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A Dutch City Is Monitored by Giant, Unblinking Eyeballs

People won't be able to avoid the gaze of the Terrible Eyes, say the makers of this Orwellian artwork.

New Heroes

Finally, the city of ‘s-Hertogenbosch has a claim to fame stranger than its name: Five gigantic, striated eyeballs, staring off into space. The massive peepers are mounted on buildings in different districts, but the organizers behind the art installation, New Heroes, make this Orwellian promise: "One Eye will not be visible from another, yet residents will encounter at least one other Eye in their daily travel through the city."

It's a fittingly surreal tribute to the birthplace of Hieronymus Bosch. As for why they exist, New Heroes writes:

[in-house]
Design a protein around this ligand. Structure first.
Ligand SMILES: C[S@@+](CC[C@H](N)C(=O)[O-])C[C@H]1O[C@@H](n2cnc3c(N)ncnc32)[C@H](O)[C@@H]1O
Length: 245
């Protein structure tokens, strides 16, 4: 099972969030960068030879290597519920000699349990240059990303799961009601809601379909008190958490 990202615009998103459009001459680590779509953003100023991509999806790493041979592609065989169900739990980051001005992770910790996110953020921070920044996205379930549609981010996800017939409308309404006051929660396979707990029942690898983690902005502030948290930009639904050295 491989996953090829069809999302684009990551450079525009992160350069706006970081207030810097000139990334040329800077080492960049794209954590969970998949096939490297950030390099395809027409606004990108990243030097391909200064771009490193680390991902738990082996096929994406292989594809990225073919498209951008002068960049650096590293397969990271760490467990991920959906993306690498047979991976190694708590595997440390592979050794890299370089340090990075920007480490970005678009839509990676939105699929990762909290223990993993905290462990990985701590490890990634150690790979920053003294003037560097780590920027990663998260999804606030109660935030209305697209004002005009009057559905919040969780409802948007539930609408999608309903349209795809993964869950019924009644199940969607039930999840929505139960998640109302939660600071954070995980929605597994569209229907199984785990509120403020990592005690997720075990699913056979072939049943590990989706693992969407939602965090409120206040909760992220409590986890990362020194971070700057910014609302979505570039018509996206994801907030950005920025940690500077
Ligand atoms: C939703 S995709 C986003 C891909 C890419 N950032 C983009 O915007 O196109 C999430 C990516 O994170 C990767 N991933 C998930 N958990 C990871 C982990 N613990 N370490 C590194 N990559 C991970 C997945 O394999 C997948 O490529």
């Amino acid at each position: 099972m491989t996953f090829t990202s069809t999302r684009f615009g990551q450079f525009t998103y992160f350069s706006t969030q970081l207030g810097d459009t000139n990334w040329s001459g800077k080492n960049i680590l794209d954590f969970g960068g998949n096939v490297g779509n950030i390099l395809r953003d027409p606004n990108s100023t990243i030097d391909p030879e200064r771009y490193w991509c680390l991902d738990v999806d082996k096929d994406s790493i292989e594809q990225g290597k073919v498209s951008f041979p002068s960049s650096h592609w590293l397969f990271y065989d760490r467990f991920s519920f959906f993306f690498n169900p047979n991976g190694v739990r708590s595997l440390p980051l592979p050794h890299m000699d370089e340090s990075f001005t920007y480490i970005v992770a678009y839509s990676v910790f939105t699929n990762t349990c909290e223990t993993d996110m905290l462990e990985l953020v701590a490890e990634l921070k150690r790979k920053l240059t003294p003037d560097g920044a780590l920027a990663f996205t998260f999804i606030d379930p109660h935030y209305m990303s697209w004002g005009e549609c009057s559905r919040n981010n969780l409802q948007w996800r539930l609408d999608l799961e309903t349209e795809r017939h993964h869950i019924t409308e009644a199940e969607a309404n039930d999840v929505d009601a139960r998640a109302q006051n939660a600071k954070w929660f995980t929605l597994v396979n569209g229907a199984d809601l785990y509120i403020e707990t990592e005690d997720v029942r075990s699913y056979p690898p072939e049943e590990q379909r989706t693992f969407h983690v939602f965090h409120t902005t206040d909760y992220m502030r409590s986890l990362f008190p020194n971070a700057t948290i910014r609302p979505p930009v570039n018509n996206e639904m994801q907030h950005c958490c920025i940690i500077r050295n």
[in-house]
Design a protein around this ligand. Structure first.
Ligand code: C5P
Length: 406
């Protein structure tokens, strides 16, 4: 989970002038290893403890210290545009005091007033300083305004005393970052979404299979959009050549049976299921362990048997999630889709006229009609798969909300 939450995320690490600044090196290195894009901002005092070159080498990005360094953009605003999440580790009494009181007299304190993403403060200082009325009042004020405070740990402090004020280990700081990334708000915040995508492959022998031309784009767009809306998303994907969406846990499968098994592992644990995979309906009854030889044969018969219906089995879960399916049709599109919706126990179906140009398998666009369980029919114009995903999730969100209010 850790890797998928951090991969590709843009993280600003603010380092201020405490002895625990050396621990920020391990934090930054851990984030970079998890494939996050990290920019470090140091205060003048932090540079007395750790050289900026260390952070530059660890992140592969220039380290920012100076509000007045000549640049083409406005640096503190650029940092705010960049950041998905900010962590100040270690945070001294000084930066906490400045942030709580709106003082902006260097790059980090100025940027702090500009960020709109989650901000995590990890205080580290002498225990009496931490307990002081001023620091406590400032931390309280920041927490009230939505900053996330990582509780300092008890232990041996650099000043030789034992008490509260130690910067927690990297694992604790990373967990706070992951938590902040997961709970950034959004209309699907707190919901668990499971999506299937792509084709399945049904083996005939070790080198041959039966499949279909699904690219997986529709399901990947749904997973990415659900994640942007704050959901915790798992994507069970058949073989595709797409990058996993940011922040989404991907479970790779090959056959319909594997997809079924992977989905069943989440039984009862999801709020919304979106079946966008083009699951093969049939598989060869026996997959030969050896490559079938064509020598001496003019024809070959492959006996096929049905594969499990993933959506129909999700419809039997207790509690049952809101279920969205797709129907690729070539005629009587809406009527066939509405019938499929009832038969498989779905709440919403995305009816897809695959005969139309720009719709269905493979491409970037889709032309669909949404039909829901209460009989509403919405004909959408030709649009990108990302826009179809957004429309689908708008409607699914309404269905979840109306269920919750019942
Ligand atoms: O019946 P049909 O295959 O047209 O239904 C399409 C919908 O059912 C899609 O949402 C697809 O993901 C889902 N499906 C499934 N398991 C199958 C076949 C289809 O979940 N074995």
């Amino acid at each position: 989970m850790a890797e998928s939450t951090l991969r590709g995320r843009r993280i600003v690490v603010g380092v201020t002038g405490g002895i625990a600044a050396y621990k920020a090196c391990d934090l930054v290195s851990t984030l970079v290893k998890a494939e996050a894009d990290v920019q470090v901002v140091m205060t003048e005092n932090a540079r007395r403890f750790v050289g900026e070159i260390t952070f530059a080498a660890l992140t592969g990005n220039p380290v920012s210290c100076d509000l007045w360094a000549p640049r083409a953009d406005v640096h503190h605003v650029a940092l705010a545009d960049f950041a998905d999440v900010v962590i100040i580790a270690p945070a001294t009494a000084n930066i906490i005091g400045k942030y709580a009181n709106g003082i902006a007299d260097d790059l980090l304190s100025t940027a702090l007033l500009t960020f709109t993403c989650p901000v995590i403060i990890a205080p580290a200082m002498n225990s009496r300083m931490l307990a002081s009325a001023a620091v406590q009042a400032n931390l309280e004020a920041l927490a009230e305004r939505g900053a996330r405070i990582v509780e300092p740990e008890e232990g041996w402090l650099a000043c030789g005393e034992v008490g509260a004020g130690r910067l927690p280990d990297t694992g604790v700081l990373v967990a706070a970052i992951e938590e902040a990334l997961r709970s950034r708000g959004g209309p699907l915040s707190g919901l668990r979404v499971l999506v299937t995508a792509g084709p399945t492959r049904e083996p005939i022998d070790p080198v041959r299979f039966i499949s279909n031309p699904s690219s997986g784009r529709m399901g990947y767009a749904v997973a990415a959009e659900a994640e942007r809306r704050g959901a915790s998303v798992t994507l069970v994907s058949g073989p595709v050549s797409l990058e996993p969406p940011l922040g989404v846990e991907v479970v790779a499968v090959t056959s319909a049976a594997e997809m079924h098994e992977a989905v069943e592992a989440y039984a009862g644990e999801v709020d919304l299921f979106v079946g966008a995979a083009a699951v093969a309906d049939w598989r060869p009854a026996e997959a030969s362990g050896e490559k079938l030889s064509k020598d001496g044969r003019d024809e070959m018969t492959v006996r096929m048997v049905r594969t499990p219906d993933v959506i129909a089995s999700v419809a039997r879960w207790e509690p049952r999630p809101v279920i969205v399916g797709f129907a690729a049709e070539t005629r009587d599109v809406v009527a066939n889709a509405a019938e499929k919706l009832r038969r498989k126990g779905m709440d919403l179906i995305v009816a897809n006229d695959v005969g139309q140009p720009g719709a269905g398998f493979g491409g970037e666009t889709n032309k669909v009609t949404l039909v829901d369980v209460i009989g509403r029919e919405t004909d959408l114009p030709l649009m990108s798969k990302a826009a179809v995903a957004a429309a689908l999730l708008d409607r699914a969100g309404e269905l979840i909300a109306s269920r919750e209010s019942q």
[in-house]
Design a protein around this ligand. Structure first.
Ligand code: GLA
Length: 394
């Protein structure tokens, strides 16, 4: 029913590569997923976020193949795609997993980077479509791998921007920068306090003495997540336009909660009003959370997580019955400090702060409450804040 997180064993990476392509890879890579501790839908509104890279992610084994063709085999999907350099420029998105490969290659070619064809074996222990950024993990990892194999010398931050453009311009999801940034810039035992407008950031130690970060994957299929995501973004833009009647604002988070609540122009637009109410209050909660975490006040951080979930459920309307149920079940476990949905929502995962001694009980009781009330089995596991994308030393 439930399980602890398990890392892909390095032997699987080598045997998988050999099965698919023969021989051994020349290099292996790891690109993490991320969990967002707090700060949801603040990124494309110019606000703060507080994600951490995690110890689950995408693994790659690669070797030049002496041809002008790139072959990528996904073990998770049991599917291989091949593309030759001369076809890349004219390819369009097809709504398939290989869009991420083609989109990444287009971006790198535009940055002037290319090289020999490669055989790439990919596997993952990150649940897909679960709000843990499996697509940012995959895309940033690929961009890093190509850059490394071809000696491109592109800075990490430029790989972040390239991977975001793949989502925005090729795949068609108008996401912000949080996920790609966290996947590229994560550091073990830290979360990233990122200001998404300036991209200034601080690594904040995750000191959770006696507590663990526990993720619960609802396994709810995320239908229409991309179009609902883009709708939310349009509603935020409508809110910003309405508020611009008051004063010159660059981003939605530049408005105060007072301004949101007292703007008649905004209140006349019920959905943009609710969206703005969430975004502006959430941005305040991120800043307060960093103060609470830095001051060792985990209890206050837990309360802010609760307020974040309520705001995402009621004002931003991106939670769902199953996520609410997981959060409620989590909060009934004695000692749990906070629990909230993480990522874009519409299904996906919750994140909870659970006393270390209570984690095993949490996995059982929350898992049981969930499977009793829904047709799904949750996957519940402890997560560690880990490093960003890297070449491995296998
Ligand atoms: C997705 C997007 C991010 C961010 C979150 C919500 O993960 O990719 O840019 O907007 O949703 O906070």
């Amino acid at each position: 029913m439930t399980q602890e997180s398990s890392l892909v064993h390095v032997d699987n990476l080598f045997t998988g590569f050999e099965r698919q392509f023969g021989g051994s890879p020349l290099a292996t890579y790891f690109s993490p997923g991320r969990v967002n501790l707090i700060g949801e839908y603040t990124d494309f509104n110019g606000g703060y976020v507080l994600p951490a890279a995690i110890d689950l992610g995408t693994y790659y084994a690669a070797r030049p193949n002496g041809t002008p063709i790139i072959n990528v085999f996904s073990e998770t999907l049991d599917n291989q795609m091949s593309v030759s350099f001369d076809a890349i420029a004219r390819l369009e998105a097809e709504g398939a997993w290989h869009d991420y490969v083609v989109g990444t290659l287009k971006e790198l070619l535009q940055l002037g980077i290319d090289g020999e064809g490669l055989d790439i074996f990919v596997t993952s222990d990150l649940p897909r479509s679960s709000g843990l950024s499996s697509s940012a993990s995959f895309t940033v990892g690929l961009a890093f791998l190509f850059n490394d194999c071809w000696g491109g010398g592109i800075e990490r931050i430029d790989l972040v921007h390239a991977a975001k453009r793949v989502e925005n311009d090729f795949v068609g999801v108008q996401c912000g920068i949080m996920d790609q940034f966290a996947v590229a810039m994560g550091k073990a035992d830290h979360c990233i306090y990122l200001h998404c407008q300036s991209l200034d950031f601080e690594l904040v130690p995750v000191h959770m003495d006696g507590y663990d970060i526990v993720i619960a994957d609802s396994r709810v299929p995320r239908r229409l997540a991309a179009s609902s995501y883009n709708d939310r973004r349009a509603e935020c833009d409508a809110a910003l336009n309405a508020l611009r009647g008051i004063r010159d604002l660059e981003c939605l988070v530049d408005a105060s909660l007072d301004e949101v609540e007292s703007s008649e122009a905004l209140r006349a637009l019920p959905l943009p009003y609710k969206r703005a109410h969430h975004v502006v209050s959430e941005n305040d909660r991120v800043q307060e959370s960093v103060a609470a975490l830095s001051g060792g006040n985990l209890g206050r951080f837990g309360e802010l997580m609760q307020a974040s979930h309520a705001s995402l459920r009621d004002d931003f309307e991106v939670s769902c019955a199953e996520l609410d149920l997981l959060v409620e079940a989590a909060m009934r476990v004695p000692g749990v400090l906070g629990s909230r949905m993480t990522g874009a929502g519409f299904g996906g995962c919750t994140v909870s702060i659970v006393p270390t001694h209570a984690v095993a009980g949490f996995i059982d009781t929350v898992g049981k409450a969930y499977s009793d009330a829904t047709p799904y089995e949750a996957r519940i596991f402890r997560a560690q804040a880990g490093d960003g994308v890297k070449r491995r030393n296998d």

EYE was designed as a reaction to the crumbling social cohesion that challenges cities today. This undoing of the social glue causes anonymity in public space, which affects the character of our shared habitat, the City. A city without people engaging, connecting, and sharing is a city without a soul.

Plato suggests that we can only truly know ourselves by gazing into the eyes of the Other in which our soul (heart and thoughts) are reflected. Inspired by his ideas, Lucas tries to reveal the soul of the city through this art project by inviting residents to look themselves and other people in the eye.

If they're so inclined, visitors can climb into the hollow orbs to gaze deeply into their dead, eerie retinas high above the sidewalk. The guys who designed the installation, director Lucas De Man and scenographer Pascal Leboucq, recommend a time of "between 15 and 40 minutes" to fully experience an eyeball:

H/t Lost at E Minor

About the Author

  • John Metcalfe
    John Metcalfe is CityLab’s Bay Area bureau chief, based in Oakland. His coverage focuses on climate change and the science of cities.